Round Peg in a Square Hole

A repository of reference material on a variety of subjects

Friday, December 10, 2010

The Importance of Being Abby

For Halloween this year, despite the fact that I’d been on my new project for less than three months, I dressed up as Abby from NCIS at work. The responses were about evenly split between a short pause when someone first saw me, then an exclamation of, “Abby!” and, after a full explanation of who I was, the comment, “Oh, I don’t watch TV.” With one of these latter folk, I got into a discussion of just who Abby was, and was really caught off-guard by his question, “Is it a comedy?” The comment distressed me, so I’ve been thinking a lot about it ever since, and I have come to the conclusion that Abby’s work here is not done.

When I was a kid, the roles women played on TV were pretty limited: mom/wife, nurse, school teacher, nun…and that’s about it. Maybe bank teller and crime victim, screaming and needing to be rescued. After a while, we made progress: there were women as cops (in an evolutionary spectrum from Charlie’s Angels to Police Woman to Cagney&Lacey to Law&Order), lawyers, doctors; usually a small, but present percentage. SF/F shows have had a little more scope, ranging from Uhura, to Willow and Buffy, to Xena, to Captain Janeway and Belanna Torres from Voyager, and Zoe on Firefly. But in looking at Abby, and why she appeals to me as a technical woman, it occurred to me that she is pushing a boundary I’ve been battering for years: what is a smart, technical woman allowed to look like?

For years, I’ve given technical talks at SF cons in a variety of outfits, from a saloon hall girl to Victorian underwear to a silver lame Star Trek gown to alternate universe Star Trek characters. I’ve heard that it can be very surreal to see one of these talks; one friend likened it to seeing the picture from one TV channel and the sound from another. The important thing is that every time someone saw one of these talks, their idea of what a technical woman looks like was broadened. And that’s not just important for people who deal with technical women—it’s vitally important for the little girls, and not so little girls, who may one day grow up to be those technical women.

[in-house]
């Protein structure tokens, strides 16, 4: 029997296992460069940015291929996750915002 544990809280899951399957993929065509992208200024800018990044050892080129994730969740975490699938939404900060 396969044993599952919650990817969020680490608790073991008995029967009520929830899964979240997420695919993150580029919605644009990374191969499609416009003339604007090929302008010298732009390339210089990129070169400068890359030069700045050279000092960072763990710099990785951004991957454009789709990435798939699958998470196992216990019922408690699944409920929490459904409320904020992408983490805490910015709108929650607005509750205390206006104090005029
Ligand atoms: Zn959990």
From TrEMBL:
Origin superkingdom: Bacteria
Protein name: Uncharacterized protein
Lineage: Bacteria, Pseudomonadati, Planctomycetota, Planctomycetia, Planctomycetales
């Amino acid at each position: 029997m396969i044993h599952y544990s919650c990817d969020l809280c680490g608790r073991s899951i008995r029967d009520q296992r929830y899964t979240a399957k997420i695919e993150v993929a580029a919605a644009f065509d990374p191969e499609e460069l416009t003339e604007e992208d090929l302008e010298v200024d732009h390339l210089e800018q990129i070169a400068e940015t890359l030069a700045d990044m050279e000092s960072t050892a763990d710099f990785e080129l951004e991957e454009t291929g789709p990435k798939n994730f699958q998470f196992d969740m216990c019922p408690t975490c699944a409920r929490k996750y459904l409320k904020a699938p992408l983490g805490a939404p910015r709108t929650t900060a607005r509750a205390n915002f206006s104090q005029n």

If the only role model you saw for a scientific/technically ept woman was Scully or Bones (of the show of the same name), some subset of girls would be very comfortable with that. (I know I would have been, had they been around when I was impressionable.) However, more of them would feel that that sort of career wouldn’t be good for them because that’s not how they see themselves, nor how they want to see themselves. Abby is important, not because I think all little girls with a technical bent should grow up to be goth forensic scientists, but because that should be within the realm of possibility. Because what music you listen to, the color and style of your hair, and what clothes you wear do not affect your abilities in logical/deductive thought and thus should not keep you from a technical career. Because you shouldn’t have to always be serious, always be straitlaced; you should be allowed to have fun, to enjoy your job; to be enthusiastic and perky without having to fetch the coffee.


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